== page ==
At six two and 270 pounds, chef Ethan Davis has a body built for smashing burger patties. He’s the kitchen manager and burger specialist at Dayne’s Craft Barbecue, in Aledo, just west of Fort Worth. It’s only appropriate that owners Dayne and Ashley Weaver would need a scouting report for folks to wield an aluminum spatula in a town whose identity is so tightly linked to football (Aledo High School has won eleven state championships in the last fifteen years). “Some of our employees can’t get high enough to get the leverage they need to get a good smash on it,” Weaver said, and he knows from experience. “I made the first seven thousand burgers myself.” He debuted the OG Burger in April 2021, and he was happy to relinquish the duties.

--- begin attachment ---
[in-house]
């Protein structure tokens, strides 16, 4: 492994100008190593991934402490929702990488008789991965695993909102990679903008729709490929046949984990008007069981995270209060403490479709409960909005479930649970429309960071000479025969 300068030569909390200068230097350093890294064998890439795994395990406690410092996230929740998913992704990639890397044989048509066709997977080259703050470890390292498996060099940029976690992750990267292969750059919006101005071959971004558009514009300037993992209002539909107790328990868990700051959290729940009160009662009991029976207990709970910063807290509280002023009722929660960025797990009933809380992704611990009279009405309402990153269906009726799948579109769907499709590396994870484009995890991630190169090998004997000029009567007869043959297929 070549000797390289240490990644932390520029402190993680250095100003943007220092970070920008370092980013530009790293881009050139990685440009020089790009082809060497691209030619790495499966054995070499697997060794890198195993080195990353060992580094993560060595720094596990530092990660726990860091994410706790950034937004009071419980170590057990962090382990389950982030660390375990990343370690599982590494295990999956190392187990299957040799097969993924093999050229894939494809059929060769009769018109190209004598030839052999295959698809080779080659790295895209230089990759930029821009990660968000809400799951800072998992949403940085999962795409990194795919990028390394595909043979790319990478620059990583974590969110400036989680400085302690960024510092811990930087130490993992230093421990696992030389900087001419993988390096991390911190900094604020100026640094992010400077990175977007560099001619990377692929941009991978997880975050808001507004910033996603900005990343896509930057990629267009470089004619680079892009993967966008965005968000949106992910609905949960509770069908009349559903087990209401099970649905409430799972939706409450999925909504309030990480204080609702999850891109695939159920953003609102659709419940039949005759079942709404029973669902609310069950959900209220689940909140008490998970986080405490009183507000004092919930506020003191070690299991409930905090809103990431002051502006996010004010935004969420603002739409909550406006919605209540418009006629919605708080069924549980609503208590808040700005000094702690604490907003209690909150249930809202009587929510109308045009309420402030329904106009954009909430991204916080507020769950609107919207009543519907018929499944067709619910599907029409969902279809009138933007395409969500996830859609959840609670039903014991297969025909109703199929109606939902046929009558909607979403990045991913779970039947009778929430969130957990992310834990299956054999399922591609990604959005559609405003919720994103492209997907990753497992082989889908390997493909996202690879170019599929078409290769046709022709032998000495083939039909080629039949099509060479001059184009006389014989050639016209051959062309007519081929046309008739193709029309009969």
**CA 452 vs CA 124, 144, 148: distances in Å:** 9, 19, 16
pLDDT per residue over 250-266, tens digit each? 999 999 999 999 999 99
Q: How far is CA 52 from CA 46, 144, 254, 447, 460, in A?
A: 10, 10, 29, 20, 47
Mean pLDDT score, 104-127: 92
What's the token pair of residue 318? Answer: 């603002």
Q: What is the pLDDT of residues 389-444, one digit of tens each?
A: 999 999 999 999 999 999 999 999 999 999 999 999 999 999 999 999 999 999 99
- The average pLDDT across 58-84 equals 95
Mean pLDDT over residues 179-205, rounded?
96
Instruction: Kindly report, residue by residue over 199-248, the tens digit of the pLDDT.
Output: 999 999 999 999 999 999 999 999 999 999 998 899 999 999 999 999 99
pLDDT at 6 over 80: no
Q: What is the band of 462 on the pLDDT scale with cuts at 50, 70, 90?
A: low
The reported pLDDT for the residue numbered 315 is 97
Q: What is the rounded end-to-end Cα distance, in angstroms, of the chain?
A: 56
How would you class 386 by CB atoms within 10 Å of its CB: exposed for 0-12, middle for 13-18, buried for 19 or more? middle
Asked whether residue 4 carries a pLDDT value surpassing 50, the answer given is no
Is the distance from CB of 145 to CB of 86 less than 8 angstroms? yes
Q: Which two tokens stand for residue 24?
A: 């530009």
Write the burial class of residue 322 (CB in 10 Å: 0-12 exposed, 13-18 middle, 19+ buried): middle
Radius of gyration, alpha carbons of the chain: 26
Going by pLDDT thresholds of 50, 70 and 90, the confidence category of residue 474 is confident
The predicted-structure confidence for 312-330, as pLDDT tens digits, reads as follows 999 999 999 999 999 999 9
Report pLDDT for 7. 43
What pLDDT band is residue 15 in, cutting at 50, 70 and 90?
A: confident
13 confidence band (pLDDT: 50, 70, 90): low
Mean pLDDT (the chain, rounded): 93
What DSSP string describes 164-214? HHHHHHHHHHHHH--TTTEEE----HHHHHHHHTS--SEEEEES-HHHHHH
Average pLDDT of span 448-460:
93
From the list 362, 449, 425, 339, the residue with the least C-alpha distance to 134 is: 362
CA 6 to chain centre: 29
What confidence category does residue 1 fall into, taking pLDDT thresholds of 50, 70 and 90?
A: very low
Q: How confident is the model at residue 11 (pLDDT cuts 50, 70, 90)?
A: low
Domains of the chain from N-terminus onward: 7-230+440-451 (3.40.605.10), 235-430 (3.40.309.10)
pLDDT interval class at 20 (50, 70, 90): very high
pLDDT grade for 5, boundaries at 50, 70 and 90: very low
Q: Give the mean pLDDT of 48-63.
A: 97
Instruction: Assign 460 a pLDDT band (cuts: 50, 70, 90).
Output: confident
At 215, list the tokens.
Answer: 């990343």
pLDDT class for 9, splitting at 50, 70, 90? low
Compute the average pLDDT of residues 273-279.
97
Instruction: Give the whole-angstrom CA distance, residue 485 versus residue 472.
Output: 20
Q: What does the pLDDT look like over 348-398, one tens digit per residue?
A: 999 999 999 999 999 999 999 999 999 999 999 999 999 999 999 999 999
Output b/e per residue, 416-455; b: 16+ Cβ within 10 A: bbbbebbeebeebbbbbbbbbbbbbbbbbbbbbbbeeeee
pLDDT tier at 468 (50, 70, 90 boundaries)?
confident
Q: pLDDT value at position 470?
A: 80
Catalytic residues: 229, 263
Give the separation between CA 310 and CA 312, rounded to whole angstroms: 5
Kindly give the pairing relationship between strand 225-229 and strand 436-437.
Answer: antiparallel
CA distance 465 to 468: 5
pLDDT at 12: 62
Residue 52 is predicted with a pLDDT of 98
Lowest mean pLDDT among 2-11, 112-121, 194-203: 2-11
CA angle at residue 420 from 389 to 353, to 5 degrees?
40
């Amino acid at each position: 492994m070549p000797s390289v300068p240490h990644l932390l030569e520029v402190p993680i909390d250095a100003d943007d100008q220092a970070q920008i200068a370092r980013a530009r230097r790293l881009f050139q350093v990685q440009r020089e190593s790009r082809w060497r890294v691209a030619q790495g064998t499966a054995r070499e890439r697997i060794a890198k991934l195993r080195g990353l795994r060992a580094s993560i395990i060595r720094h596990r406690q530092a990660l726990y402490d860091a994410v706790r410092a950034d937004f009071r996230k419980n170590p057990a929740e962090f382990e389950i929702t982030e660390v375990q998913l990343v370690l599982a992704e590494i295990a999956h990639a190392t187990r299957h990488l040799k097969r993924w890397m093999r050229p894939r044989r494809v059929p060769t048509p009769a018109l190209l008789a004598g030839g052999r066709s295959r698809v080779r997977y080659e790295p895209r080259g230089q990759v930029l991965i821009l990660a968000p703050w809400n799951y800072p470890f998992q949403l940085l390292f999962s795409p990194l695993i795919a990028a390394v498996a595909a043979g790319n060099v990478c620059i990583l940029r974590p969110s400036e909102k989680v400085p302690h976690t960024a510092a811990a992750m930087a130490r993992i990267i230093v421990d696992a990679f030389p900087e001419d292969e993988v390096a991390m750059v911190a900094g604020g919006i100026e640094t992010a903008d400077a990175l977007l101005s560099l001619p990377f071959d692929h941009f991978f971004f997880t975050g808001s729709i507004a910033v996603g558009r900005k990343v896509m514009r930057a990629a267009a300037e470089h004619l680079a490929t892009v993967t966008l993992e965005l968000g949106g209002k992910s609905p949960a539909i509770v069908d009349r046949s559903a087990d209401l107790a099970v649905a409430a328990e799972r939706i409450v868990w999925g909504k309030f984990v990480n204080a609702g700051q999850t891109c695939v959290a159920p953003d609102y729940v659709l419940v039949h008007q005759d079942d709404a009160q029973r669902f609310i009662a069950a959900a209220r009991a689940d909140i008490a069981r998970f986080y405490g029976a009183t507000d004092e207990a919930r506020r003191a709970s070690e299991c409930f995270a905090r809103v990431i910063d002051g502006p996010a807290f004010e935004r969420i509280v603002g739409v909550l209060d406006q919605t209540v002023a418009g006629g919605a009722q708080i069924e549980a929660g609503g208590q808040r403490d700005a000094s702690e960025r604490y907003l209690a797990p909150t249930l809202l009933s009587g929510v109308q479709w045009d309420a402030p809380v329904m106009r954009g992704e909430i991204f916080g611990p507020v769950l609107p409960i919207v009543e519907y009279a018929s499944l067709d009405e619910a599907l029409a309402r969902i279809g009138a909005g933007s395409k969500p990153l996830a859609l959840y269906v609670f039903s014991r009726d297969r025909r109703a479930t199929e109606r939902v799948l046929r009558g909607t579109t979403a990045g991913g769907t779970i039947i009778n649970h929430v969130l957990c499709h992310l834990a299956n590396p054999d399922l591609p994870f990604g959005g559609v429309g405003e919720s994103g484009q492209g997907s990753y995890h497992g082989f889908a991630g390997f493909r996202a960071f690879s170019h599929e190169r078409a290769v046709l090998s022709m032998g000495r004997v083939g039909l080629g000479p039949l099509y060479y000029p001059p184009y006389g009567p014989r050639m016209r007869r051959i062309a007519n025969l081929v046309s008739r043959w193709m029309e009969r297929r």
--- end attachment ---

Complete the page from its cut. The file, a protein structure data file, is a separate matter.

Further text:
As a pitmaster who steers raw briskets through a painstaking process to barbecue beauty, Weaver’s ego was bruised when the burger’s popularity challenged that of the smoked meats. “They’ve heard about the burger, and they come here thinking we’re a burger place, not knowing we even cook barbecue,” he said of some of his customers. He grinds brisket trim to make the burgers (and the juicy sausages), turning trash to smash. They depend on each other, the brisket and the burger, and can only exist in balance. “I have to sell more brisket if I’m going to give you more burgers,” Weaver explained.